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Craig E. Kuziemsky, Ahsan Hadi, Tracey L. O'Sullivan, Daniel E. Lane, & Wayne Corneil. (2014). An ontology for contextual information system design. In and P.C. Shih. L. Plotnick M. S. P. S.R. Hiltz (Ed.), ISCRAM 2014 Conference Proceedings – 11th International Conference on Information Systems for Crisis Response and Management (pp. 165–169). University Park, PA: The Pennsylvania State University.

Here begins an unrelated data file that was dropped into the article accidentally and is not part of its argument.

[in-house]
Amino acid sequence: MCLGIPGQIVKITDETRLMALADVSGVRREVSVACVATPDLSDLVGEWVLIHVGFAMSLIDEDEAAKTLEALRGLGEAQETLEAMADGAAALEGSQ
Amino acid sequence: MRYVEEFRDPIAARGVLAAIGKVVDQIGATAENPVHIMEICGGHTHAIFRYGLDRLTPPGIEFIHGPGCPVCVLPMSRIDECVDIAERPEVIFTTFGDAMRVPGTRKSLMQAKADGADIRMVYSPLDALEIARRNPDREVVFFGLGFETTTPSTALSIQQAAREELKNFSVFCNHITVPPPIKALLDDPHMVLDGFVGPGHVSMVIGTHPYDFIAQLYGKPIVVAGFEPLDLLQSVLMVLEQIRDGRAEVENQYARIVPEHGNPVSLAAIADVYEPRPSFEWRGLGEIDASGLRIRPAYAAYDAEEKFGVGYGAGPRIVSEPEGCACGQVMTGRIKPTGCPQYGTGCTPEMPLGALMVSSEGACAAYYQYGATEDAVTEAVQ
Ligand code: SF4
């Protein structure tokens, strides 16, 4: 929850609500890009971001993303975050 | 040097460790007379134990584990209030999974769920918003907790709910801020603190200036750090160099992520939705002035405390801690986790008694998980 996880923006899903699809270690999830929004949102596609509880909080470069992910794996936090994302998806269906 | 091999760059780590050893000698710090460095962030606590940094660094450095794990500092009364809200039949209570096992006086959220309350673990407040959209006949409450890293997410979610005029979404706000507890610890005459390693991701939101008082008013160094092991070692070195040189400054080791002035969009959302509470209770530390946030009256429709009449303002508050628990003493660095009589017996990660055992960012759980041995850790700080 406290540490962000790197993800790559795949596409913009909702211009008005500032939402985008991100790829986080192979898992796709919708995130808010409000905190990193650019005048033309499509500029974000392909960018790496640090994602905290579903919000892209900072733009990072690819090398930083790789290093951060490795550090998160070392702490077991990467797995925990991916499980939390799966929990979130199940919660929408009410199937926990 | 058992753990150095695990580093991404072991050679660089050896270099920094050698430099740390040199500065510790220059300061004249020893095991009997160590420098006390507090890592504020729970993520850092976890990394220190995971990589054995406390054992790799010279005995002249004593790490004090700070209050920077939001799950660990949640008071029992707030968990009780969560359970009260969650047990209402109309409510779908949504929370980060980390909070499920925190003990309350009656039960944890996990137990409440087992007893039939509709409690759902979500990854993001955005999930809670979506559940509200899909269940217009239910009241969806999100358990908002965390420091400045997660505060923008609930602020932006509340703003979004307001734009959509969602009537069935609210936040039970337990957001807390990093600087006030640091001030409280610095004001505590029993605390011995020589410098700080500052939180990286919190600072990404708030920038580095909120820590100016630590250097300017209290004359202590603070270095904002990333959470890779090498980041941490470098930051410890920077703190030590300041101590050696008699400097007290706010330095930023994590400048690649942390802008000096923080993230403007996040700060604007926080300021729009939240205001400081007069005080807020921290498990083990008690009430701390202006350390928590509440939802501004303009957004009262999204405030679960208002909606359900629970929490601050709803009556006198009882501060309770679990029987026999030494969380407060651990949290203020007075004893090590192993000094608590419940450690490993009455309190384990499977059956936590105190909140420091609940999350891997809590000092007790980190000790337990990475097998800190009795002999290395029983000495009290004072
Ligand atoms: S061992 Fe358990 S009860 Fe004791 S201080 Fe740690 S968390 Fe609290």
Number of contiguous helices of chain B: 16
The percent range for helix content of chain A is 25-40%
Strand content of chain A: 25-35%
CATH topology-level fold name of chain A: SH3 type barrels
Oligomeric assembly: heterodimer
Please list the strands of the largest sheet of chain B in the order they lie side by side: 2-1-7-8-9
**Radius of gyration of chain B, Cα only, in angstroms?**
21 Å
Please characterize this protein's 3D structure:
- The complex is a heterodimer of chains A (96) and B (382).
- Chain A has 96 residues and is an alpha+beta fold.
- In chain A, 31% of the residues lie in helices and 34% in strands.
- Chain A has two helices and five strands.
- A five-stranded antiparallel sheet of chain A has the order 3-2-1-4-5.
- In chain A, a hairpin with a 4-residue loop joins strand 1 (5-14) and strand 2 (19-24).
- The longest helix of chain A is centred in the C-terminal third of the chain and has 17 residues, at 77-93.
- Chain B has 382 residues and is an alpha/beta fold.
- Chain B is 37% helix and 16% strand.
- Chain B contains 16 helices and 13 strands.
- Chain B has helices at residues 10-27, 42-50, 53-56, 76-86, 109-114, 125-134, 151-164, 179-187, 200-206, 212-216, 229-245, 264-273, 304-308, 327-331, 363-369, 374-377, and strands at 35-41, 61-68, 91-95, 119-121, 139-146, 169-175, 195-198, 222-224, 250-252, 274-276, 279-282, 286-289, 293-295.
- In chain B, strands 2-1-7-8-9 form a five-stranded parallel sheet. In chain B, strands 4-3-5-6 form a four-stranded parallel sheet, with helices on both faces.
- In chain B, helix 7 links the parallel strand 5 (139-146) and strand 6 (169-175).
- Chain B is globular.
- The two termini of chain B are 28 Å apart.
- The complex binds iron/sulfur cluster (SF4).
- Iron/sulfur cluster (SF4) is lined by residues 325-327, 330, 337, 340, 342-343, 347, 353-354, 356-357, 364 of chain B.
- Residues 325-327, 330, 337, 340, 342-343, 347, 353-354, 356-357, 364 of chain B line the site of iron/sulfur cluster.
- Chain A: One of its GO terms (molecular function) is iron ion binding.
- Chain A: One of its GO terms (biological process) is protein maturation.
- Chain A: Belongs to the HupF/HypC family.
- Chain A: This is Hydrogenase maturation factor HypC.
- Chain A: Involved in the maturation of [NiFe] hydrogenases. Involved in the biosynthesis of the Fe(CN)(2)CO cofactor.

Abstract: Collaborative teamwork is becoming more common in several domains including healthcare and disaster management. While collaborative teamwork can benefit from information system (IS) support, designing IS models to support collaboration is a significant challenge owing to the variations in tasks and people that must be supported, and the different contexts within which collaboration takes place. Collaborative teamwork can vary greatly because of context, which is the integration of diverse, dynamic, and heterogeneous needs for groups to achieve a specific goal. However in the literature there has been limited emphasis on how contextual underpinnings can be incorporated into IS design. This paper uses a case study of the design of a user-driven prototype disaster management IS. We used the think aloud method to capture participant thoughts while interacting with the IS prototype. The think aloud data was analyzed and used to develop an ontology of contextual considerations to support IS design.